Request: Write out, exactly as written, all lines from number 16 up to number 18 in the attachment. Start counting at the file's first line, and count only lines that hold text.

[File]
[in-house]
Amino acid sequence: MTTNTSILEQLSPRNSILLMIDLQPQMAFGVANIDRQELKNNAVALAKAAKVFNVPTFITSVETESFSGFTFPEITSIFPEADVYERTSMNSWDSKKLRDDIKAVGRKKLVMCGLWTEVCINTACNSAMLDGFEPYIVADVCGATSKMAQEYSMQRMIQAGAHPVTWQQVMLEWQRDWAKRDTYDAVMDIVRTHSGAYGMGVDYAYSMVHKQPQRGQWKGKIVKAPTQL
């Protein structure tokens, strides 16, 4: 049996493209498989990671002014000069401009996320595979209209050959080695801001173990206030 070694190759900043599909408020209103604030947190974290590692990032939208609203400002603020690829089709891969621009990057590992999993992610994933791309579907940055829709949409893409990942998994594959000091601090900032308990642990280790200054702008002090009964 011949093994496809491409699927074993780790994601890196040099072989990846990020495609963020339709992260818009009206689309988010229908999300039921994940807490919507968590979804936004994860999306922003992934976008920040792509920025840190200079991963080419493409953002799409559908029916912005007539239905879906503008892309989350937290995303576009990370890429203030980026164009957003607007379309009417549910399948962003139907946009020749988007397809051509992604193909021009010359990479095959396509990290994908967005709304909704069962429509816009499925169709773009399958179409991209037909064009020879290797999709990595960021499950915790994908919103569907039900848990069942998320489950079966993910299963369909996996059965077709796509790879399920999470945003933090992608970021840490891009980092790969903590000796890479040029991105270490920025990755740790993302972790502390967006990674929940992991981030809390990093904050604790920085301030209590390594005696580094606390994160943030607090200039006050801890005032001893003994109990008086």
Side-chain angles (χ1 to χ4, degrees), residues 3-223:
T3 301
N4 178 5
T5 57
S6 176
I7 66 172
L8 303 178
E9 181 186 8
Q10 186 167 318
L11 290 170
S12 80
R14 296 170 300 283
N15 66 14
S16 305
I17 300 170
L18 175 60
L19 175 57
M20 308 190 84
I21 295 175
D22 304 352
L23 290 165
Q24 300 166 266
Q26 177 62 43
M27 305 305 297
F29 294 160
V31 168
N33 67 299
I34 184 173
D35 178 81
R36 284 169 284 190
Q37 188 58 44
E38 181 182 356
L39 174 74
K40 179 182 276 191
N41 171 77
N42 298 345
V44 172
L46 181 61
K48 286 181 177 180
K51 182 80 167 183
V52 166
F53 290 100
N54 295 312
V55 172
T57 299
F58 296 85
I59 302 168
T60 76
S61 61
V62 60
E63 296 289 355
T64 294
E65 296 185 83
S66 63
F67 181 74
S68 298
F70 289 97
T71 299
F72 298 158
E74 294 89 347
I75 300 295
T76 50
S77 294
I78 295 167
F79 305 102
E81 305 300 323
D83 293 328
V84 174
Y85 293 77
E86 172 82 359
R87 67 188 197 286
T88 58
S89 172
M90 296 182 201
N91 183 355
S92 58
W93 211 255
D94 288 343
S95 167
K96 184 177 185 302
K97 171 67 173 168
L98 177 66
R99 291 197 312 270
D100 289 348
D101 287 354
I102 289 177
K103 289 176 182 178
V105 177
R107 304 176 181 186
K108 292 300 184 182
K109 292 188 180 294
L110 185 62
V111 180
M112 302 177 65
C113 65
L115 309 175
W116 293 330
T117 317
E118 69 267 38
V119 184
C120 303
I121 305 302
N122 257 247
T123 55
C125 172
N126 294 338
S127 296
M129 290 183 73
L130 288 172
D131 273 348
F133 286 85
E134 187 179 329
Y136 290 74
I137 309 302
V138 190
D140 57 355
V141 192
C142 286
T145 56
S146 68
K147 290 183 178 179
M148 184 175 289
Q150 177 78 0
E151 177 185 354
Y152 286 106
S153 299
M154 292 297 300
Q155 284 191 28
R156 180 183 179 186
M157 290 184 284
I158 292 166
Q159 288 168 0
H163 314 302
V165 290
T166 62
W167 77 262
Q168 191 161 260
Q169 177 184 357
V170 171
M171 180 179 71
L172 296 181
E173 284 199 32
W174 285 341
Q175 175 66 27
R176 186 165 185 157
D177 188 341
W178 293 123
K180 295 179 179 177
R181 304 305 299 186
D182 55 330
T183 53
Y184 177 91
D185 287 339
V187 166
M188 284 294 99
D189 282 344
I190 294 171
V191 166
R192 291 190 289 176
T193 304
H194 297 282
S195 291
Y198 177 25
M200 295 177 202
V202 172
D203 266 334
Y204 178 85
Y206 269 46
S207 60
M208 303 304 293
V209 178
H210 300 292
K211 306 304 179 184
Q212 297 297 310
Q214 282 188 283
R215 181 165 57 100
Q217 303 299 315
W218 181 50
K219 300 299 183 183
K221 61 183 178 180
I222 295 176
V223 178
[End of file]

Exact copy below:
N15 66 14
S16 305
I17 300 170